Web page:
“Schoolkids Jump-Start a Quake in Britain,” Los Angeles Times, Sept. 8, 2001.

“Newspaper Clipping of the Day,” Strange Company, Aug. 26, 2020.

This week’s lateral thinking puzzle was contributed by listener Hanno Zulla, who sent these corroborating links (warning — these spoil the puzzle).

You can listen using the player above, download this episode directly, or subscribe on Google Podcasts, on Apple Podcasts, or via the RSS feed at https://futilitycloset.libsyn.com/rss.

Please consider becoming a patron of Futility Closet — you can choose the amount you want to pledge, and we’ve set up some rewards to help thank you for your support. You can also make a one-time donation on the Support Us page of the Futility Closet website.

Many thanks to Doug Ross for the music in this episode.

If you have any questions or comments you can reach us at podcast@futilitycloset.com. Thanks for listening!

The Persian Princess

In October 2000, a mummy was offered for sale on the black antiquities market in Pakistani Baluchistan. Tribal leader Wali Mohammed Reeki claimed that it had been found after an earthquake near Quetta.

At first a Pakistani archaeologist suggested that the mummy had been a princess of ancient Egypt, or perhaps a daughter of Persian king Cyrus II. Iran and Pakistan began to contend for its ownership, but then American archaeologist Oscar White Muscarella came forward to say he’d been offered a similarly uncertified mummy the previous March which had turned out to be a forgery.

On examination, the “Persian Princess” turned out to be substantially younger than her coffin — in fact, the mat under her body was only 5 years old.

In the end, Asma Ibrahim, curator of the National Museum of Pakistan, reported that the woman had in fact died only around 1996, possibly even murdered to provide a corpse. She was eventually interred with proper burial rites, but her identity remains unknown.

Watch Your Step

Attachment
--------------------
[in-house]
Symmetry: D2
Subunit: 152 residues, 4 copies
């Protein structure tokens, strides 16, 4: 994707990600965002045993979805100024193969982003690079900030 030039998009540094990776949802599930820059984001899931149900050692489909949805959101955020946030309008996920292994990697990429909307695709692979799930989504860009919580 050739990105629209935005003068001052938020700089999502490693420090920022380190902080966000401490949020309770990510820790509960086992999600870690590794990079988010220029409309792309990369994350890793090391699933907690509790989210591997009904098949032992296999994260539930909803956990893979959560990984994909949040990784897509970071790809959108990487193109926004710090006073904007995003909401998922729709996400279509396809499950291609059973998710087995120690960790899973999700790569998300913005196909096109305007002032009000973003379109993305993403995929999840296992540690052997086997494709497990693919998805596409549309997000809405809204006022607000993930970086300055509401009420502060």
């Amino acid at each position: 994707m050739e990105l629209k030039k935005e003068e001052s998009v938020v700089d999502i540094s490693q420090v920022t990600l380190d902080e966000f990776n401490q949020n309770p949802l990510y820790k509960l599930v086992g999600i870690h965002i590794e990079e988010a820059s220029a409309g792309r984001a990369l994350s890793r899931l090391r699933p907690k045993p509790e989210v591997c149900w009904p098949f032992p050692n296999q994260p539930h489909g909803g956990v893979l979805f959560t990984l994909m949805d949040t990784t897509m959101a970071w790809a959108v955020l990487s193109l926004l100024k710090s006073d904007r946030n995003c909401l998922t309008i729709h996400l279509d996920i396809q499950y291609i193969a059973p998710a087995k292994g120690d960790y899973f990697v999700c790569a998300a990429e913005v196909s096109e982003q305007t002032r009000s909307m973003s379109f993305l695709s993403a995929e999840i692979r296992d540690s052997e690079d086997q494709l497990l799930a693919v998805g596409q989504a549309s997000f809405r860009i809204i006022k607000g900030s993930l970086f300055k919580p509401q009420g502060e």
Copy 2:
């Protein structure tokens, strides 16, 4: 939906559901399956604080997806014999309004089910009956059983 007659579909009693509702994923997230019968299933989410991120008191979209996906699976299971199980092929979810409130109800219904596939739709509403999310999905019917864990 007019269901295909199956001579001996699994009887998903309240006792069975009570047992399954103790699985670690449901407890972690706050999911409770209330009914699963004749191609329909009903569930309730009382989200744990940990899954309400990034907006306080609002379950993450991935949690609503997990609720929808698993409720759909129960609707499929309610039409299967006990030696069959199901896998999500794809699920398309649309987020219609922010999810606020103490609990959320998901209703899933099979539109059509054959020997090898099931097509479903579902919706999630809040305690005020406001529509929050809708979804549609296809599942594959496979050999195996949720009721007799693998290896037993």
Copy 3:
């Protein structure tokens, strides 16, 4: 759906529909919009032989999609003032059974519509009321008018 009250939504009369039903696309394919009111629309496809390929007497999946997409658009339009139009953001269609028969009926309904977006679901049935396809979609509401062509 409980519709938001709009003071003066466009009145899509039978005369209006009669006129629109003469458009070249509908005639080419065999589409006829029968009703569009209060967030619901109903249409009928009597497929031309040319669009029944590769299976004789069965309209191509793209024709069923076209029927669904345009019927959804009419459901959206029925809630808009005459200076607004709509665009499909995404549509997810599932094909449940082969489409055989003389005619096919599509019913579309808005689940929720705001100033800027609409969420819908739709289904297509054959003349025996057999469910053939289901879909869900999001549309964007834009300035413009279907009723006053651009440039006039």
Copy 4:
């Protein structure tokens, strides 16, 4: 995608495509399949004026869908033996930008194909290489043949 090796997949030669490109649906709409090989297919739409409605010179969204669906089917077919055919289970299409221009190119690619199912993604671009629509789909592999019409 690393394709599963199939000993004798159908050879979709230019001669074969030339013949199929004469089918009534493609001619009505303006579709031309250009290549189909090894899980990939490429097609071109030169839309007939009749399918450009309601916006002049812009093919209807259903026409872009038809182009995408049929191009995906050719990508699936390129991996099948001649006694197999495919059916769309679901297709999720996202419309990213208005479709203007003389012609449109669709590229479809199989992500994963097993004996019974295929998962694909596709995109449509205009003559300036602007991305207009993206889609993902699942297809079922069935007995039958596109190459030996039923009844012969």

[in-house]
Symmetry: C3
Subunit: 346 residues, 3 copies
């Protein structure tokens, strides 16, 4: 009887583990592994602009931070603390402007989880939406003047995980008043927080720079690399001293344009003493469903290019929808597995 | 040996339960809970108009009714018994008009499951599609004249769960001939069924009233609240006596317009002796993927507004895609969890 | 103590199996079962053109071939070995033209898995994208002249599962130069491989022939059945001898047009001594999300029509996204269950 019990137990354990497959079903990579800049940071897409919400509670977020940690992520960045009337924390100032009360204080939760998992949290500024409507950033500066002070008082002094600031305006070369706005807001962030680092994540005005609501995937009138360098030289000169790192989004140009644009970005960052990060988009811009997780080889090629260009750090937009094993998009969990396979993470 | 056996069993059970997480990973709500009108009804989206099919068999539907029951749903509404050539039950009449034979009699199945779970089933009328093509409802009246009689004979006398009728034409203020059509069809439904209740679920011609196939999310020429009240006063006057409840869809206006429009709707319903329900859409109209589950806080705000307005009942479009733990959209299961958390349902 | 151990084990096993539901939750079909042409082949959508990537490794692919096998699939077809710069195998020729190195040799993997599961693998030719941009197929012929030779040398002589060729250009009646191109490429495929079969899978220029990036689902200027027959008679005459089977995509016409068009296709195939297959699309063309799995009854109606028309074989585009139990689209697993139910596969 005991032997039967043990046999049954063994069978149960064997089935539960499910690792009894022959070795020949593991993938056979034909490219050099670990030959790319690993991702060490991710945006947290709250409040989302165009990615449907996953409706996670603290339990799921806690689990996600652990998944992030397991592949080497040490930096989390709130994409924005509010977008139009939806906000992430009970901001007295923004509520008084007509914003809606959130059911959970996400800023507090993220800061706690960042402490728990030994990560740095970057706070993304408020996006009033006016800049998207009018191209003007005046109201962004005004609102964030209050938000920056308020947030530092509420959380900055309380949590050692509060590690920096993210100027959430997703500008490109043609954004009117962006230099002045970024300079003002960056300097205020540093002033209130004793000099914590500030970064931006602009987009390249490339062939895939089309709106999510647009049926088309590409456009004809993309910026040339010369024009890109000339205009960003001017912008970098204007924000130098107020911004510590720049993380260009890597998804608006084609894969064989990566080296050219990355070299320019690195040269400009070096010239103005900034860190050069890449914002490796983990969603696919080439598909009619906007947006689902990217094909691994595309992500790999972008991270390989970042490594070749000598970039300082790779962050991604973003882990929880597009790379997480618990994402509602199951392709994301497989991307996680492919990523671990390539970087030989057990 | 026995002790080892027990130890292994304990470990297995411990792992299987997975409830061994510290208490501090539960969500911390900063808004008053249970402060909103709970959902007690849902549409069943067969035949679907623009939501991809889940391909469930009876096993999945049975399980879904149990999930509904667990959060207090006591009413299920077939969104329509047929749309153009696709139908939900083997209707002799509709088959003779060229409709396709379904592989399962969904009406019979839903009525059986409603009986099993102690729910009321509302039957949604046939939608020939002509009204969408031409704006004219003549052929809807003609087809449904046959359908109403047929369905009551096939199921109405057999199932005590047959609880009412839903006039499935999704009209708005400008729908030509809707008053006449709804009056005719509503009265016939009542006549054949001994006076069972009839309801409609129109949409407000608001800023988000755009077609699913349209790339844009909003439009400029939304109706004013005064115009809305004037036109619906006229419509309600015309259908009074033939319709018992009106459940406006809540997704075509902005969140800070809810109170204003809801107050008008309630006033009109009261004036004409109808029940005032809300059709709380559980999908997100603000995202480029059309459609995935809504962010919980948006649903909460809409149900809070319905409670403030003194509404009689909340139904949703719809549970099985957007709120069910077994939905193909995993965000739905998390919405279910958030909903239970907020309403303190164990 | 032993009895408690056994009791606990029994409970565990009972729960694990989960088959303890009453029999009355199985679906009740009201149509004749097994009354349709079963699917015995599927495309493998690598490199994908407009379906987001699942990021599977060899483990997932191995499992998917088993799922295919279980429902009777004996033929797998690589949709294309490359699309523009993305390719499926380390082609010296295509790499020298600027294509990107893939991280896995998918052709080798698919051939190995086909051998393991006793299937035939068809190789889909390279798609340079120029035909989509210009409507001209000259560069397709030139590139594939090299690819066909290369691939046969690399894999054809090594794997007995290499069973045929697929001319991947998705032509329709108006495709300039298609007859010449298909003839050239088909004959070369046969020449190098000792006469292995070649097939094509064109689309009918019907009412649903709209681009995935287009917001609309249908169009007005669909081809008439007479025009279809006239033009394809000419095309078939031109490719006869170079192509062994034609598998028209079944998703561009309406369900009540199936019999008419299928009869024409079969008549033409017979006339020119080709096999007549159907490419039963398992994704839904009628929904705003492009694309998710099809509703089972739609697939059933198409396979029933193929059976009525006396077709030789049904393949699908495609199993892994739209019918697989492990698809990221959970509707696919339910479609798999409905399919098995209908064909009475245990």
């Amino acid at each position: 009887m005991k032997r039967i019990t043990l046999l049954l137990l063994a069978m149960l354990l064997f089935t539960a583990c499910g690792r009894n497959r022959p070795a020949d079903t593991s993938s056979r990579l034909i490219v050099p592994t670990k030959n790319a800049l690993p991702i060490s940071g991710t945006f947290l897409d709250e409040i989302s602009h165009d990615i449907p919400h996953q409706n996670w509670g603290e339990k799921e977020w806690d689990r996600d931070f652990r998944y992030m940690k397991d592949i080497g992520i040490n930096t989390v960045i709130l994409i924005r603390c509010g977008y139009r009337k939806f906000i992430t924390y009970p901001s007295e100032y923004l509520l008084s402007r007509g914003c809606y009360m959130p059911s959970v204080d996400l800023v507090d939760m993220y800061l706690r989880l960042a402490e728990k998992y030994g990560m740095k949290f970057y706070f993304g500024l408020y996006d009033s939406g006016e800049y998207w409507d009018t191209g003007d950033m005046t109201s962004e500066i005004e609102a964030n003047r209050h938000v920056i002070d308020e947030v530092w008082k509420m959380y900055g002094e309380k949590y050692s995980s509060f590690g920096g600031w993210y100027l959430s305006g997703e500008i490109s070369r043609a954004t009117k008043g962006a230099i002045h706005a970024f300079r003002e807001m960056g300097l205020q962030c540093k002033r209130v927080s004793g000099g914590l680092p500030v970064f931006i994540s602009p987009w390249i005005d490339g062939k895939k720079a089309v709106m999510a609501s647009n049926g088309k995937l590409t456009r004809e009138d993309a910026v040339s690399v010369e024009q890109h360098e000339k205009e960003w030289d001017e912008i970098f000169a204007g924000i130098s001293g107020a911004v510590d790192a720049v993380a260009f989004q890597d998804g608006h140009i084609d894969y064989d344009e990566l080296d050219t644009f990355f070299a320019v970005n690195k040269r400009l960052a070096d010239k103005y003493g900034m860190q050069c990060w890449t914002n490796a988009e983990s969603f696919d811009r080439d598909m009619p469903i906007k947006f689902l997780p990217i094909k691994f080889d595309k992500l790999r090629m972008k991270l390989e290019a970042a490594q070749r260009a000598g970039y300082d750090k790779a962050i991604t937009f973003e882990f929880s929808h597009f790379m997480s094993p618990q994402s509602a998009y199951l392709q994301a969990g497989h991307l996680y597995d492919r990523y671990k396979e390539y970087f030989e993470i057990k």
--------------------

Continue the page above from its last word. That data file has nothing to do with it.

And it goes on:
In 2016, Manchester’s Casa Ceramic installed custom tiles in its entry corridor to create the illusion of an uneven surface.

Sales administrator Harry Molyneaux says the effect is most vivid in photographs.

“The floor is completely flat and safe to walk over.”

Miss and Hit

At the commencement of this battle [Gettysburg], as the Regiment was rushing forward toward the enemy, a cannon ball passed between the legs of Captain Robert Story, of Company B, plowing up the earth beyond, yet he rushed on until, half an hour later, he lay mortally wounded, in the enemy’s lines. He was struck in the left thigh by a Minnie ball, which, on reaching and fracturing the bone, divided into three parts.

— Abram P. Smith, History of the Seventy-Sixth Regiment New York Volunteers, 1867

Figure and Ground

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Image: Wikimedia Commons

A recipe for “toast sandwiches,” from Mrs. Beeton’s Dictionary of Every-Day Cookery, 1865:

Ingredients. — Thin cold toast, thin slices of bread-and-butter, pepper and salt to taste. Mode. — Place a very thin piece of cold toast between 2 slices of thin bread-and-butter in the form of a sandwich, adding a seasoning of pepper and salt. This sandwich may be varied by adding a little pulled meat, or very fine slices of cold meat, to the toast, and in any of these forms will be found very tempting to the appetite of an invalid.

In 2011 the Royal Society of Chemistry worked out the nutritional content:

3 slices of white bread = 240 Calories. Butter = 10 g = 90 Calories
Total = 330 Calories
Toast sandwich nutrients
Protein = 9.5 g
Fat = 12 g
Carbohydrate = 55 g
Fibre = 4.5 grams
Calcium = 120 mg
Iron = 2 mg
Vitamin A = 90 mcg
Vitamin B1 = 0.25 mg
Vitamin B2 = 80 mcg
Vitamin B3 = 4 mg
Vitamin D = 0.08 mcg

“I’ve tried it and it’s surprisingly nice to eat and quite filling,” said he RSC’s John Emsley. “I would emphasise that toast sandwiches are also good at saving you calories as well as money, provided you only have one toast sandwich for lunch and nothing else.”

The Burned House Phenomenon

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Image: Wikimedia Commons